Jesus and Exodus

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I just finished a series on Exodus, “Exit Strategy: The Gospel of Jesus in the Book of Exodus,” with “the Dean’s Class” at Ninth and O Baptist Church. The mp3s of the whole series are available here. I believe, as I do about the whole Bible, that the second Book of Moses is about Jesus of Nazareth, every syllable. The most striking thing about the Second Book of Moses, to me, as I moved through it every week is how it consistently reminds us that our God is personal.

The book is laid out between two arks and two fires. It starts with an ark in the water, carrying young Moses away from destruction, with God everywhere active but hidden. It ends with an Ark of the Covenant, carrying the Presence of Yahweh Himself, not vulnerable to attack but condescending to be with His people in their wandering. It begins with a fire speaking from a bush to the soon-to-be prophet/mediator, Moses. It ends with the fire of God’s glory over the Tabernacle, leading the people personally to the promise.

Sometimes I think that Christians of a more doctrinally-aware stripe (and, please Lord, increase the tribe!) are prone to a different kind of strategy from Screwtape and his ilk. We are often quite aware of the majesty and glory of God (to the degree that an Adamic sinner can be) that we can begin to think of God as an idea or, even worse, as a position that we hold. That’s why, I think, the most terrifying temptation for many of us is a sluggishness in prayer.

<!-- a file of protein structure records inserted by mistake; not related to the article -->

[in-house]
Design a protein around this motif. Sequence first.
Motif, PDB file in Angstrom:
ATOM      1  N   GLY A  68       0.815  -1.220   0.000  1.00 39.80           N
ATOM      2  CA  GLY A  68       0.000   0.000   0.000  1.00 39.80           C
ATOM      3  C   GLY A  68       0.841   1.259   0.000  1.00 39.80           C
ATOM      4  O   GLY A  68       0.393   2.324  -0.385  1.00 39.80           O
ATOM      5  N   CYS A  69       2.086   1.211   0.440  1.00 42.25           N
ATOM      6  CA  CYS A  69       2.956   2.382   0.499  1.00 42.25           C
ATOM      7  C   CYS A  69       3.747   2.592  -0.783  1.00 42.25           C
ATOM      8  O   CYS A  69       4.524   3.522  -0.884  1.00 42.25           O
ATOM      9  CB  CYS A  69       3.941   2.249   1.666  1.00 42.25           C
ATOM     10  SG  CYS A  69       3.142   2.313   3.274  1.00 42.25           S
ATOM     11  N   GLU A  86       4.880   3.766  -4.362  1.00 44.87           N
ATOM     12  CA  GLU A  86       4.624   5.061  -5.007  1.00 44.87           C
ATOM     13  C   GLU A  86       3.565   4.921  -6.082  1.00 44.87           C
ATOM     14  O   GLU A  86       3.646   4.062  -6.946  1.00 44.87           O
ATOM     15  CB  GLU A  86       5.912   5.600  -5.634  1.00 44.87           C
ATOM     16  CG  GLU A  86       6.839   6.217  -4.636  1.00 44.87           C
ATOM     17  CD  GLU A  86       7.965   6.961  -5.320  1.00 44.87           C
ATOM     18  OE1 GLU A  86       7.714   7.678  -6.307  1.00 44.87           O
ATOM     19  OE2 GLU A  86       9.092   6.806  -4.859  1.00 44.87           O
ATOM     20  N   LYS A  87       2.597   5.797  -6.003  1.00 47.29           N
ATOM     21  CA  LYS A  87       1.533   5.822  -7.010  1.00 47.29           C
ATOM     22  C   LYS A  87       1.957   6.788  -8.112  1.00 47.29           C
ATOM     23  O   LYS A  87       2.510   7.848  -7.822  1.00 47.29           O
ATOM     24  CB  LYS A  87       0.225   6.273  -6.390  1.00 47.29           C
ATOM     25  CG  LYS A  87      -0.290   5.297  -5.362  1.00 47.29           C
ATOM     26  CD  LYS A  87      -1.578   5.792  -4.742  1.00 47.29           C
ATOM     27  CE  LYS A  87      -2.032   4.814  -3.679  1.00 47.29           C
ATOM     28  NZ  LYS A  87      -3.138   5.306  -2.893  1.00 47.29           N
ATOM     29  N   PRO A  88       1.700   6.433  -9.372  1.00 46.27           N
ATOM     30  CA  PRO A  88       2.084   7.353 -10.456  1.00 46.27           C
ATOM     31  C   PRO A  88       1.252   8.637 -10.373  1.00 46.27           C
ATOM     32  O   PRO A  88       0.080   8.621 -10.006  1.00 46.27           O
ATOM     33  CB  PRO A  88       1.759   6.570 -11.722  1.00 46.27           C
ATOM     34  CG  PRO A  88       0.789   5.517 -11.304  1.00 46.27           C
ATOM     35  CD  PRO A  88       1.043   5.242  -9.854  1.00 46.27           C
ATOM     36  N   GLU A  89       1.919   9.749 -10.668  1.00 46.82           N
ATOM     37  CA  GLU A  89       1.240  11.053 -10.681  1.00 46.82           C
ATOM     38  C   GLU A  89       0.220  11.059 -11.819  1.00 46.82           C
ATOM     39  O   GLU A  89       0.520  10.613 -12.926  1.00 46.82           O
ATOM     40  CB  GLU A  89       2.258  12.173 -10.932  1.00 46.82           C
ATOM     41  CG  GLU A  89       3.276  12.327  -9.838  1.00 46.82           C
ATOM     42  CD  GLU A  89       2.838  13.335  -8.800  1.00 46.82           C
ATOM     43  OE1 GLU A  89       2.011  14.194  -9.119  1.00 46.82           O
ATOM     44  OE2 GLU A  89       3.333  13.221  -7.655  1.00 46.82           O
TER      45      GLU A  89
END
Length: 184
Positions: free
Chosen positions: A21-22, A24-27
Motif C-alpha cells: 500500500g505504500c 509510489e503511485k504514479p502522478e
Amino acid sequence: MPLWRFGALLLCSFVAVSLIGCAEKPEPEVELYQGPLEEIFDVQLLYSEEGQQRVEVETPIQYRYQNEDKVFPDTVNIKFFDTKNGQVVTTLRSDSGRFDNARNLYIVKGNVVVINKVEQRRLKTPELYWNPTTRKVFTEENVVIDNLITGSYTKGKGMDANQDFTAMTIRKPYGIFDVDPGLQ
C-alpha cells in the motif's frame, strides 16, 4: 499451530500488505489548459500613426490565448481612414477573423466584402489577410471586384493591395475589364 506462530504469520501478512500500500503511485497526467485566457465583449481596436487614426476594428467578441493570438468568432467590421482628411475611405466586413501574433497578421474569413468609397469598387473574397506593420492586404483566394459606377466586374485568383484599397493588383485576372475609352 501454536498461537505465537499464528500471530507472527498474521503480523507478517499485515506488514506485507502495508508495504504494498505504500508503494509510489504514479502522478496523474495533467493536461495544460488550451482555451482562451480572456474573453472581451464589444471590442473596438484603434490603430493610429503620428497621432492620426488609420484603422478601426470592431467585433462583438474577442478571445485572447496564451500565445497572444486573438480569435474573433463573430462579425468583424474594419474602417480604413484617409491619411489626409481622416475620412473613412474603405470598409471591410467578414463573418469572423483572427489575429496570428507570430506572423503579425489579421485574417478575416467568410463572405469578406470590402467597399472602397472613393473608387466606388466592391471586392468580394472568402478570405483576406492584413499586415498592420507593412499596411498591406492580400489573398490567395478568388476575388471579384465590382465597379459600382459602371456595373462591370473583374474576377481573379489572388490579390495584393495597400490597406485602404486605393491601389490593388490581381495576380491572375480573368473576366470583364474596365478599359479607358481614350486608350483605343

Exodus reminds us of the awful sovereignty of God, but also of His personal mercy. He reveals His glory to a mediator, listens to him when he intercedes for us, builds a dwelling place among us, and Spirit-equips His people to join in the construction, whether that is the men hammering out bronze angel wings for the Ark or women sewing together goat-hair for the Tabernacle covering. He is no golden-calf, true. But He is no cosmic Pharaoh either.

Exodus trails off, just as Genesis and every other Old Testament text does, with a bitter sense of longing. And all these longings find their way to Emmaus in the final Israel, the final Prophet, the final Mediator, the final Tabernacle. We can’t find Moses’s grave to this day, but we know there is the dust of his decayed bones somewhere in the Middle East. Some can identify what they believe to be Jesus’s grave, but no one can produce his bones.

Like Israel, He was baptized, through the waters of the wrath of God. Like Israel, He was tested in his wilderness wanderings. Like Israel, He is given an inheritance. And we’re with Him. Now that’s an Exodus.

We live in a fearful and cowardly time. The crisis we face is not a crisis of clarity but a crisis of courage.


About Russell Moore

Russell Moore is Public Theologian at Christianity Today and Director of Christianity Today’s Public Theology Project.